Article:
The competitive ability of Nicrophorus varies between species (Pukowski, 1933; Easton, 1979; Wilson, Knollenburg & Fudge, 1984; Otronen, 1988; Trumbo, 1990a; Scott, 1998) and evidence suggests that specific traits influence the outcome of aggressive contests. Body size is perhaps the best predictor of behavioral dominance among Nicrophorus species, with larger individuals consistently displacing smaller individuals from carcasses (Pukowski, 1933; Easton, 1979; Wilson, Knollenburg & Fudge, 1984; Otronen, 1988; Trumbo, 1990a; Scott, 1998). When competing individuals of some species (e.g., N. vespilloides, N. investigator, and N. vespillo) are the same size, however, individuals of the species that is typically larger have been found to be more likely to win aggressive contests and secure a carcass (Otronen, 1988), suggesting that species identity or traits unrelated to body size may also influence the behavioral dominance relationships of some species. Similarly, arriving first to a carcass (priority effects) can also affect resource retention and the ability of beetles to win aggressive contests (e.g., within N. vespilloides; Otronen, 1988); however, later arriving dominant species frequently usurp carcasses from some subordinate species (Wilson, Knollenburg & Fudge, 1984), killing the offspring of subordinates in the process (Trumbo, 1990a).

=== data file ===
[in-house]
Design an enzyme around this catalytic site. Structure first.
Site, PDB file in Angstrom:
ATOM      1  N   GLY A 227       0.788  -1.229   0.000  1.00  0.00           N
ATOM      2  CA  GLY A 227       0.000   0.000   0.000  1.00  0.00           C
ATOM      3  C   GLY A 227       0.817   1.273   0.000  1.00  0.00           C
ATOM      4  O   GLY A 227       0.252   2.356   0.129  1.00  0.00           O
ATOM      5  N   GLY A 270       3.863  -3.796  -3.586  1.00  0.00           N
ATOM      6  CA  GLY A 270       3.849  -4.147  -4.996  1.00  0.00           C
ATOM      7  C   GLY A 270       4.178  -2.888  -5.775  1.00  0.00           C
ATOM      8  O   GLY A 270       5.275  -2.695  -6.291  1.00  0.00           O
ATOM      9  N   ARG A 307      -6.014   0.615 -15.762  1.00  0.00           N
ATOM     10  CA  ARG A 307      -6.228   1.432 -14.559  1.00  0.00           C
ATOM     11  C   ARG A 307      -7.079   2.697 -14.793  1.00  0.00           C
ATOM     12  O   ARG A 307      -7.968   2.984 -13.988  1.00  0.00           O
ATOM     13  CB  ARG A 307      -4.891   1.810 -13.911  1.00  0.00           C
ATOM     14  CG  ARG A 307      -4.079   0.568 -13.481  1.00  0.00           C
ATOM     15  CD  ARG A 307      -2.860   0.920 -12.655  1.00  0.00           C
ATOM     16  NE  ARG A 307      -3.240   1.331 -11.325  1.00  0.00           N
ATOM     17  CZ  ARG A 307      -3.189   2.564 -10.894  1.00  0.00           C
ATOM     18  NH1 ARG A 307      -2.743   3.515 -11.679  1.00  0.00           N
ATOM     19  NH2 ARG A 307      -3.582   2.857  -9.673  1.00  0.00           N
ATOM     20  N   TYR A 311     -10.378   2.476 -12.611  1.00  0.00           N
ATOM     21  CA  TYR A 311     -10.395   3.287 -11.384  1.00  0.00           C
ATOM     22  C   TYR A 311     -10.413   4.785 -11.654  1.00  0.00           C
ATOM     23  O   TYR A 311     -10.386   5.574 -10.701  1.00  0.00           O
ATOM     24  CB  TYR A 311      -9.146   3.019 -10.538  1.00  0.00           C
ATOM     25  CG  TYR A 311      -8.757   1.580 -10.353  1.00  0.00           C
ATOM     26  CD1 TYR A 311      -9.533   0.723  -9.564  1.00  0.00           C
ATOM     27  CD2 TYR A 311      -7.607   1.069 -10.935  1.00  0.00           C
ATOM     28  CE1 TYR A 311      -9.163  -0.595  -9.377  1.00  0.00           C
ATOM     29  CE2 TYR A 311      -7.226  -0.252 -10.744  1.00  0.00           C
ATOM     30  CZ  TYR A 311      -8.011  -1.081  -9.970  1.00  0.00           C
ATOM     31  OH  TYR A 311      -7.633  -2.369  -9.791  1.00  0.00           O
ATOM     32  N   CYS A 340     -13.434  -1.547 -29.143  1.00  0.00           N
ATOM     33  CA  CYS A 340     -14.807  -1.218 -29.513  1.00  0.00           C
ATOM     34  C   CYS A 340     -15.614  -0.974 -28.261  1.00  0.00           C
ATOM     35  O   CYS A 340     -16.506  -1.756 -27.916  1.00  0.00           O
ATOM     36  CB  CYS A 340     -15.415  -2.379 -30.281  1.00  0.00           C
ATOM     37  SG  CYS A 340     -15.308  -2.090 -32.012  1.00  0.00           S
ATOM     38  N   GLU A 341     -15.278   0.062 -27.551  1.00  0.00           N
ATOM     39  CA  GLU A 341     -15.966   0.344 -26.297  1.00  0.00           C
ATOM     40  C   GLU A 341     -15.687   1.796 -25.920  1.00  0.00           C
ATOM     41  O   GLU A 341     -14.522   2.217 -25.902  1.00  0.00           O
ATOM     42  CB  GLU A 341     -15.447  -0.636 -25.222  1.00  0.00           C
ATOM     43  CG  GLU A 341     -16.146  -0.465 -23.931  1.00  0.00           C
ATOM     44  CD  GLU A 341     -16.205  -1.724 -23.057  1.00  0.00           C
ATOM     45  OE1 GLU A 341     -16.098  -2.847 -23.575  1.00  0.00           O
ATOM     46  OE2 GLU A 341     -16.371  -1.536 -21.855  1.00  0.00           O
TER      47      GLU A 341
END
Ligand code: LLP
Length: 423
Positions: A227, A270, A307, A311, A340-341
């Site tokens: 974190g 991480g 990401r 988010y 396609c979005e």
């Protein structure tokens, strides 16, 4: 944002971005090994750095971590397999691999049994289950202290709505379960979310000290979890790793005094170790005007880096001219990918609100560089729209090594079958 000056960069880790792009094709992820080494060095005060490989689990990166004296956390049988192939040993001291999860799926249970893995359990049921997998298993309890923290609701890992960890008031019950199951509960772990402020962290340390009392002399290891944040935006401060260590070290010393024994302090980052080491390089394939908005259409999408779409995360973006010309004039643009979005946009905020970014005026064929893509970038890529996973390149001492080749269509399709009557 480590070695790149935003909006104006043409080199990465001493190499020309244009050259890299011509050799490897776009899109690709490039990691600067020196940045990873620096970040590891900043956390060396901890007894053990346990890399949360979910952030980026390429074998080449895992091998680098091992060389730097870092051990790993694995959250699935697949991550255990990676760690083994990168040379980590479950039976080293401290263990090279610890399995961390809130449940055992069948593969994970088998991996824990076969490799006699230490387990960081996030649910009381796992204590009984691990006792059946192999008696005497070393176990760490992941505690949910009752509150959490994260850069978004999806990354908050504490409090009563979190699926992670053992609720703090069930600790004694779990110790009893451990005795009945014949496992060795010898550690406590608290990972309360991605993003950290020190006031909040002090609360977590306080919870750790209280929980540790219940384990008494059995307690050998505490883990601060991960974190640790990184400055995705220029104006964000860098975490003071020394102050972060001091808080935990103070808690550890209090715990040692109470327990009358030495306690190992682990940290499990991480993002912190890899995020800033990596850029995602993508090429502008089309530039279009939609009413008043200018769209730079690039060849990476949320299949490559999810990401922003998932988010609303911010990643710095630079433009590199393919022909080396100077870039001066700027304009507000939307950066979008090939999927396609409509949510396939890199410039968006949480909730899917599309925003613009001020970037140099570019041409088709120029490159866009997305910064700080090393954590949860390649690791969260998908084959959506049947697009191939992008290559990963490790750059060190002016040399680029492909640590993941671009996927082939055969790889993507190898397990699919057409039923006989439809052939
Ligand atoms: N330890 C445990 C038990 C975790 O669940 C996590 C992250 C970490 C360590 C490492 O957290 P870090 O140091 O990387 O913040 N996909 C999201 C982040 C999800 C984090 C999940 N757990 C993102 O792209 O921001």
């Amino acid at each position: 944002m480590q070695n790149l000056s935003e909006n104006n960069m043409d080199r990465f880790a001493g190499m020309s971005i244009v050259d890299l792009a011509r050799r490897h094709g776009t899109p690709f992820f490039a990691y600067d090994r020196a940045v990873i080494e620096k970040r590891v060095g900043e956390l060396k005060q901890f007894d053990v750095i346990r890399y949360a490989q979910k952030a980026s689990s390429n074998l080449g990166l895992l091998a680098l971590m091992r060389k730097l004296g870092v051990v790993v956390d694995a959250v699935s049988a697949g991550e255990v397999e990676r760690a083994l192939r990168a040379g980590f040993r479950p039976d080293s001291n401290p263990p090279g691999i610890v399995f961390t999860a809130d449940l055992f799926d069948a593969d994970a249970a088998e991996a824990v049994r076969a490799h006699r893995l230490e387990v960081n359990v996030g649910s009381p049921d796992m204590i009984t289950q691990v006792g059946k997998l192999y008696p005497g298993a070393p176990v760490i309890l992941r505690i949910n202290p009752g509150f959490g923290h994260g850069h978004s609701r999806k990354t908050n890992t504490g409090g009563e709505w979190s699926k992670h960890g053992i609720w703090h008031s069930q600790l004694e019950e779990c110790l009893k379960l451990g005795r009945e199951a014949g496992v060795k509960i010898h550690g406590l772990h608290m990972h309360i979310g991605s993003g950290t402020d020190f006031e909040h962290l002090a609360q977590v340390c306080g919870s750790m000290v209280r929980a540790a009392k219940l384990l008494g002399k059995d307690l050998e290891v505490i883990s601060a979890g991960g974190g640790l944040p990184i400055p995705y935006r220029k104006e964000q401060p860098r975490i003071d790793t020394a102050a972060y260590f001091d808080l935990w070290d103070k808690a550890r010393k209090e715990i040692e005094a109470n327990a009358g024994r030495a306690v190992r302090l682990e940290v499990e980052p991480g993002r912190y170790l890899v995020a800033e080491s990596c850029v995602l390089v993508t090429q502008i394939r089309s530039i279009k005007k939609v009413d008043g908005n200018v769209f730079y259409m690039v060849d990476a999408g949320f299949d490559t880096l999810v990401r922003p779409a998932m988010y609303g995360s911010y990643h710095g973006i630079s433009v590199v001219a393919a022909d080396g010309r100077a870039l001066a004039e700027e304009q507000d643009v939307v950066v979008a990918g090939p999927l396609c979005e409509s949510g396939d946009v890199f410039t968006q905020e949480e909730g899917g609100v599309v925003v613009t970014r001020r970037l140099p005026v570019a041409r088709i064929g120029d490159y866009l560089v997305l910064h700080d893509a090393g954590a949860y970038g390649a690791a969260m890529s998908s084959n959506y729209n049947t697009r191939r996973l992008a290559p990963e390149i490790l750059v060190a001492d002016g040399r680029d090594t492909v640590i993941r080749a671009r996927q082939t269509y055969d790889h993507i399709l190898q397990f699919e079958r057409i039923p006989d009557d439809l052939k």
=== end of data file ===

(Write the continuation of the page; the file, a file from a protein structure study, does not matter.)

Here, we examine the role of body size, species identity, and priority effects in determining behavioral dominance among two common species of Nicrophorus that co-occur in southeastern Ontario, Canada. Nicrophorus orbicollis and N. tomentosus overlap in breeding periods and habitat use, and are frequently captured together in baited traps at our study site, suggesting they likely compete for carcasses in nature (Wettlaufer, 2019; Burke et al., 2020). On average, N. orbicollis is the largest species of Nicrophorus at our site (Collard et al., 2020) and is reproductively active from early June to September, peaking in abundance from mid-June to late August (Anderson & Peck, 1985; Wettlaufer, 2019). In contrast, N. tomentosus is a relatively small species (Collard et al., 2020) that is active from July into October, peaking in abundance from late July to mid-September (Wettlaufer, 2019). N. tomentosus is the only Nicrophorus species at our study site known to overwinter as prepupae (Anderson & Peck, 1985). The ability of N. tomentosus to winter as prepupae may shorten the time required for development before winter diapause, uniquely allowing this species to breed later in the summer and fall at our study site (Wilson, Knollenburg & Fudge, 1984; all other Nicrophorus at our site winter as adults; Anderson & Peck, 1985). When searching for carrion, N. orbicollis is generally nocturnal while N. tomentosus is active during the day (Wilson, Knollenburg & Fudge, 1984; Anderson & Peck, 1985). Once a carcass has been located and secured, both species will actively prepare the carcass for breeding and defend it day and night (authors, unpublished observations; Pukowski, 1933; Otronen, 1988). Carcass preparation includes burying the carcass, removing hair, fur, or feathers, rolling the carcass into a ball, and applying oral and anal secretions to prevent decay (Eggert & Müller, 1997; Scott, 1998). While some species of Nicrophorus are known to parasitize broods of other species (e.g., N. pustulatus; Trumbo, 1994), interspecific brood parasitism has not been described from N. orbicollis or N. tomentosus.